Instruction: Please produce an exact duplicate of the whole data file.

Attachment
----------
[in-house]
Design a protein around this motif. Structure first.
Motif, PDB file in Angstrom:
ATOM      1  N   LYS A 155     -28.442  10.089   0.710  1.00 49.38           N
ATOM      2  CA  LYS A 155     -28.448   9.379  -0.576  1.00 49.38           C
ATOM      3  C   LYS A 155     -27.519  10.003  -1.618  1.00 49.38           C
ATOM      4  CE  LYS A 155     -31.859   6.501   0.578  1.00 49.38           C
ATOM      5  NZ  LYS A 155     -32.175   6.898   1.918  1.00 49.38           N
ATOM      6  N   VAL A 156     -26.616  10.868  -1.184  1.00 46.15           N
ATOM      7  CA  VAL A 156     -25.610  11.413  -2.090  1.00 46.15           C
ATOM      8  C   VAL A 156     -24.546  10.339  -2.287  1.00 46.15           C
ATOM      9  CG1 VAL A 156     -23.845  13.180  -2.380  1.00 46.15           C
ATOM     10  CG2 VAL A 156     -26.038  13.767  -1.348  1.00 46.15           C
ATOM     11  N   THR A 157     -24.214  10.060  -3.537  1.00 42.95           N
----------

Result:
[in-house]
Design a protein around this motif. Structure first.
Motif, PDB file in Angstrom:
ATOM      1  N   LYS A 155     -28.442  10.089   0.710  1.00 49.38           N
ATOM      2  CA  LYS A 155     -28.448   9.379  -0.576  1.00 49.38           C
ATOM      3  C   LYS A 155     -27.519  10.003  -1.618  1.00 49.38           C
ATOM      4  CE  LYS A 155     -31.859   6.501   0.578  1.00 49.38           C
ATOM      5  NZ  LYS A 155     -32.175   6.898   1.918  1.00 49.38           N
ATOM      6  N   VAL A 156     -26.616  10.868  -1.184  1.00 46.15           N
ATOM      7  CA  VAL A 156     -25.610  11.413  -2.090  1.00 46.15           C
ATOM      8  C   VAL A 156     -24.546  10.339  -2.287  1.00 46.15           C
ATOM      9  CG1 VAL A 156     -23.845  13.180  -2.380  1.00 46.15           C
ATOM     10  CG2 VAL A 156     -26.038  13.767  -1.348  1.00 46.15           C
ATOM     11  N   THR A 157     -24.214  10.060  -3.537  1.00 42.95           N